Northern Ireland

None of Northern Ireland's 18 seats at Westminster are represented by the mainland parties. The Ulster Unionists once took the Conservative whip but pulled out of their alliance in 1974 in protest at the Sunningdale Agreement. SDLP MPs sit with Labour in the House of Commons. Currently, Northern Ireland is represented by ten Democratic Unionists (DUP), seven Sinn Fein and one independent. Sinn Fein follow a policy of abstentionism and do not take their seats at Westminster. 

Since 2015, Northern Ireland has had two elections to its devolved assembly at Stormont. The first was held in 2016 and saw the Democratic Unionist Party remain the largest party with 38 MLAs. Martin McGuiness resigned from his role as Deputy First Minister on 9th January 2017 in response to the Renewable Heat Incentive scandal. The power sharing executive then collapsed as Sinn Fein refused to nominate a replacement Deputy First Minister. A snap-election to Stormont was then called and the Democratic Unionist Party lost five seats. Sinn Fein's vote share increased by a healthy 3.9 percent and the party finished one seat behind the DUP on 27. Since the snap election, talks between the DUP and Sinn Fein have broken down and no new executive has been formed. 

In 2017, the Democratic Unionists will be looking to take Belfast South from the SDLP where they require a relatively 1.16 percent swing to take the seat. The only other seat where the DUP could be competitive is Antrim South, held by the Ulster Unionists, an achievable swing of 1.2 percent is required to take the seat. The UUP suffered a poor result at the most recent assembly election will be looking to hold their two existing seats and take Upper Bahn from the DUP on a 2.4 percent swing. Newry and Armagh, currently held by Sinn Fein, is also competitive for the UUP but still requires a 4.19 swing to take the seat.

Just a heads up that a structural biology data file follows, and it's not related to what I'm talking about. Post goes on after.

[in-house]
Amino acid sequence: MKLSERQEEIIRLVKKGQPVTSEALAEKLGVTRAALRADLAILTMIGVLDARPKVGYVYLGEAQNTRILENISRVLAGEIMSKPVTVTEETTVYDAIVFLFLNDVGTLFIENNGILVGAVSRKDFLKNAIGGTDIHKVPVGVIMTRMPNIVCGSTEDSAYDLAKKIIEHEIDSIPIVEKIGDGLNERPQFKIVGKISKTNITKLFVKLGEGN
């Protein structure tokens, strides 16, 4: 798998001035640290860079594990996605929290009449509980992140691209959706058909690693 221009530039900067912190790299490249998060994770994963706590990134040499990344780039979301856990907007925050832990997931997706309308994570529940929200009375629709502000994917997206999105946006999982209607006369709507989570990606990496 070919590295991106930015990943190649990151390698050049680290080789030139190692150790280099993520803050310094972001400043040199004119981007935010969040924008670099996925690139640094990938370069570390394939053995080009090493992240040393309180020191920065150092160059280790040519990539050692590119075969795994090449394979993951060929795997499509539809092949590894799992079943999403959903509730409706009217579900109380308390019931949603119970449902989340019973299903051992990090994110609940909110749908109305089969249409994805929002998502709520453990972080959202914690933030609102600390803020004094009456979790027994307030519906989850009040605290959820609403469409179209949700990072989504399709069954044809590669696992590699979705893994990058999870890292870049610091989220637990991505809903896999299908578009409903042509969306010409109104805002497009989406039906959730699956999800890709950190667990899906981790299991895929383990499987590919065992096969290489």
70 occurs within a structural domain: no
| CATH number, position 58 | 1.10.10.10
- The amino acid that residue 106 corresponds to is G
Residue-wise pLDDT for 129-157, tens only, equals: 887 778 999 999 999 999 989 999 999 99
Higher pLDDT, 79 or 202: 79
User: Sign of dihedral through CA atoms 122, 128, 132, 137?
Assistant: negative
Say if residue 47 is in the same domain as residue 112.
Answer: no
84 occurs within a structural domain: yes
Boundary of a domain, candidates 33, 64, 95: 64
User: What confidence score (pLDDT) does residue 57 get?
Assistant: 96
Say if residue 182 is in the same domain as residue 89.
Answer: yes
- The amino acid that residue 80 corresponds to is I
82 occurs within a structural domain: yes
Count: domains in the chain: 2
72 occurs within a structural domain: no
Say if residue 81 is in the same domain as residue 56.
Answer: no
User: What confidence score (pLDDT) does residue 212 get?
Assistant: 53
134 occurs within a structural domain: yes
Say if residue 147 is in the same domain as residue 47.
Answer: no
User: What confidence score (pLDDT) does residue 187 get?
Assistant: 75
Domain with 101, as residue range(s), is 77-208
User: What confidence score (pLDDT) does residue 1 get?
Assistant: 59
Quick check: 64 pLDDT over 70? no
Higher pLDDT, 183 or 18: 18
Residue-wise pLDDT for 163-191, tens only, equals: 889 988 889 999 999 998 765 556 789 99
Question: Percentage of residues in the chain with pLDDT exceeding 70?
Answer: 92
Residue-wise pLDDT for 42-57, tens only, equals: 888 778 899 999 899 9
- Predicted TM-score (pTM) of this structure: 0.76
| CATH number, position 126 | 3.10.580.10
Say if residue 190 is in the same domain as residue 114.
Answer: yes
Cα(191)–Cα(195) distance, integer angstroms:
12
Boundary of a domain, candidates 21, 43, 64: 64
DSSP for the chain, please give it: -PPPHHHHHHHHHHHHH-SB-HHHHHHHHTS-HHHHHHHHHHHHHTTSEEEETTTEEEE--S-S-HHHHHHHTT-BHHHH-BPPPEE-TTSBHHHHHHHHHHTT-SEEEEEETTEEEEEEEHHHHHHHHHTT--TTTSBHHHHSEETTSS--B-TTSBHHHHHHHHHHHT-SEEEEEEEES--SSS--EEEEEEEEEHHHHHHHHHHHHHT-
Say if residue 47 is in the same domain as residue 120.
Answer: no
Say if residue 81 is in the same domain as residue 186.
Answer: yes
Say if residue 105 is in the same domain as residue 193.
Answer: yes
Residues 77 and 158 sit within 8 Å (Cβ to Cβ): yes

North Down is currently held by Sylvia Hermon, a former Ulster Unionist, turned independent. She comfortably held the seat in 2015 and pending any major changes, she is likely to hold it again. 

For Sinn Fein, they will be looking to target Fermanagh and South Tyrone, a seat which they lost to the Ulster Unionists in 2015. With a majority of 1.04 percent, this is the most marginal Northern Irish seat. Upper Bann and Belfast North, both currently held by the DUP, are likely to be targeted by Sinn Fein. The other three seats which could be targeted by Sinn Fein are Down South, Foyle and Belfast. All three have majorities of less than 10 percent over Sinn Fein and are currently held by the SDLP. In Belfast South, Sinn Fein finished fourth in 2015. The SDLP will find it very difficult to gain any additional seats this time round as the smallest swing which they require is 8.59 percent in Newry and Armagh where they are in third place behind the Ulster Unionists and Sinn Fein.

It will be interesting to see if the Ulster Unionists and Democratic Unionist Party form an electoral alliance for this election, as they did in six seats in 2015. Following the loss of the unionist majority at Stormont earlier in the year, this could be more likely. Given Northern Ireland's vote to remain in the European Union, it may be worth watching some of the seats currently held by the pro-brexit DUP and whether or not this has any effect on the results. If the Conservatives contest any constituencies in Northern Ireland, as they are expected to do, their vote share will be worth looking at.

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